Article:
Australian kayak quartet win gold

Australia claimed its sixth gold medal at the London Olympics on Thursday when the men's K4 1000m crew triumphed in the canoe sprint competition at Eton Dorney.

The only non-European boat in the final, they became the first Australian crew boat to win at an Olympics when they led all the way to beat home Hungary and the Czech Republic.

The crew of bronzed lifesavers - Tate Smith, David Smith, Murray Stewart and Jake Clear - were jubilant as they crossed the line.

Australia's only two previous gold medals in Olympic canoeing came in the K1 with Clint Robinson, in 1992 at Atlanta, and Ken Wallace four years ago in Beijing.

The Australians went into the race as one of major contenders after taking silver at last year's world titles, and also producing the fastest time in heats and semi-finals on Tuesday.

A false start by the Hungarians, saw the crews called back when Australia had also got out of the blocks quickly.

But the Australians were unfazed by the extra pressure and shot out again quickly to grab an early lead which they built throughout the race.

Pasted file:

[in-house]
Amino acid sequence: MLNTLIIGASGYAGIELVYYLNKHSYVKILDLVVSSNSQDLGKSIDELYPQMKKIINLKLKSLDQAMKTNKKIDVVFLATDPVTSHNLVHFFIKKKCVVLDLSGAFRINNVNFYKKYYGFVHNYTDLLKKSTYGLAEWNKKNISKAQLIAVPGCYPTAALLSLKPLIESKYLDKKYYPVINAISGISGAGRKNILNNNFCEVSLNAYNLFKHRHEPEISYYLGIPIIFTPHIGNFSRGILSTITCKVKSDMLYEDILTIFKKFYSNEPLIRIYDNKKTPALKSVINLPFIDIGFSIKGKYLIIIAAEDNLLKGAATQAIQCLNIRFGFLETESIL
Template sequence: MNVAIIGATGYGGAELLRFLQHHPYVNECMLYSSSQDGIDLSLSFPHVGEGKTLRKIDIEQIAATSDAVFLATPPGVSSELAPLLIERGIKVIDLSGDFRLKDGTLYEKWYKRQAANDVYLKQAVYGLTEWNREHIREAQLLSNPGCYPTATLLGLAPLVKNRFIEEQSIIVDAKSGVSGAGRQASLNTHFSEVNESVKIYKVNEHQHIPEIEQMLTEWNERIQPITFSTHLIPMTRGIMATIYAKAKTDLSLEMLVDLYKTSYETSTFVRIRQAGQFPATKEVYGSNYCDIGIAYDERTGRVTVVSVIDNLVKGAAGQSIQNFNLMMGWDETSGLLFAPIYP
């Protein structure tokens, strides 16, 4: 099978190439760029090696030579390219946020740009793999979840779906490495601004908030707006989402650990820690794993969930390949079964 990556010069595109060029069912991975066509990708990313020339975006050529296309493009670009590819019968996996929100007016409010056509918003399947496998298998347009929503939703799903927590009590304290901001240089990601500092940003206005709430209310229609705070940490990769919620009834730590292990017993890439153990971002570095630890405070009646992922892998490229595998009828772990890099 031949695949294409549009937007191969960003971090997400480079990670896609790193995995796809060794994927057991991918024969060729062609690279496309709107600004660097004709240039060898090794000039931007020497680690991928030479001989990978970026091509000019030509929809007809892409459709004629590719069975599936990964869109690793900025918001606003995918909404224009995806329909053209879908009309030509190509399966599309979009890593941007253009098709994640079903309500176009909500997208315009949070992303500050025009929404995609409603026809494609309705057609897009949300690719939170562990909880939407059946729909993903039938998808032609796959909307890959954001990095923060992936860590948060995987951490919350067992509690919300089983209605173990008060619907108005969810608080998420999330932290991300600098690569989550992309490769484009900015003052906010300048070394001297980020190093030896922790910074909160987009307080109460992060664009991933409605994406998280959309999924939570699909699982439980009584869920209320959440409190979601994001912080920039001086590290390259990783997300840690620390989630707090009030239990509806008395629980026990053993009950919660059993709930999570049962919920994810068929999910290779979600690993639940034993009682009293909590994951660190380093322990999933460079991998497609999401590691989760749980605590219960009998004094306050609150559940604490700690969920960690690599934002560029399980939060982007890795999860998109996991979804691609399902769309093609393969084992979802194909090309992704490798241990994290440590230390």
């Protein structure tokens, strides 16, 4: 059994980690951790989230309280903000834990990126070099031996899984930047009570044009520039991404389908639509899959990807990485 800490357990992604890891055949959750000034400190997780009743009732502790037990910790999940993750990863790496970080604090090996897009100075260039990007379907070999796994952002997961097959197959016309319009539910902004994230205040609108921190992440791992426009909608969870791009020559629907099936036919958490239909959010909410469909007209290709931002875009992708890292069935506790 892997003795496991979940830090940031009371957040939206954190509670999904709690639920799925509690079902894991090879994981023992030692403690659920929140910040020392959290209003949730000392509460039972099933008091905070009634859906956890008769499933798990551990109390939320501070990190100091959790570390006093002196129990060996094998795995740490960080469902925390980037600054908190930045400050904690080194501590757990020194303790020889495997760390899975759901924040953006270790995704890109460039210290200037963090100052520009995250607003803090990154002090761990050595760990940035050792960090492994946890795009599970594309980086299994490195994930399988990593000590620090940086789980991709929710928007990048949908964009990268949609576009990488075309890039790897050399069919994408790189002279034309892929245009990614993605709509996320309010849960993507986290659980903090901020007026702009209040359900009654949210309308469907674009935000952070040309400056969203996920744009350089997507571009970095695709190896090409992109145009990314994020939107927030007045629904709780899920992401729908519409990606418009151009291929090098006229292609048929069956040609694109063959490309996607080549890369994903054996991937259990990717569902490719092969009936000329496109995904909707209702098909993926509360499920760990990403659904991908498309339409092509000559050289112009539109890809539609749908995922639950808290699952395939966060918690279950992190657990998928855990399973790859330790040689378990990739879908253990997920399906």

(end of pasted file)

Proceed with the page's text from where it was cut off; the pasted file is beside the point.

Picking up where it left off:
The Australians crossed the line in two minutes 55.085 seconds, a third of a boat length ahead of the Hungarians (2:55.699) who pipped the in-form Czechs for silver by 0.14secs.

The victory denied 34-year-old Hungarian great Zoltan Kammerer a fourth Olympic gold medal.

It was particularly sweet reward for David Smith and Tate Smith (unrelated) who both paddled in the K4 1000 boat which crashed out badly in the 2008 Beijing Games, failing to make the final, after clashing with veteran Robinson.

"That was a bit nerve-wracking with that false start, everyone was on edge after that," an overjoyed David Smith said after the race.

"The first 250 was always to go out and lead out the race but we weren't as far out as we usually are so we made sure that through that middle part of the race we had good rhythm to move away from them and take advantage of our good boat speed.

"The last 300 where we kicked, none of the crews came through so we knew had the gold and all we had to do was hold on.

"Once we had 100 to go all of us started tightening up, started losing our rhythm but we just had enough boat speed to get through to the line and win gold."

Smith said they had been highly motivated to atone for last year's world titles defeat to Germany where they were overpowered in the final 200m, and had since focussed on improving their finish.

"Always when you come second the year before you are a little bit more hungry and that result showed we were more hungry for it," the 25-year-old said.

It was Australia's first canoe sprint medal at the London Olympics, but adds to the silver which K1 whitewater paddler Jess Fox won in the canoe slalom last week.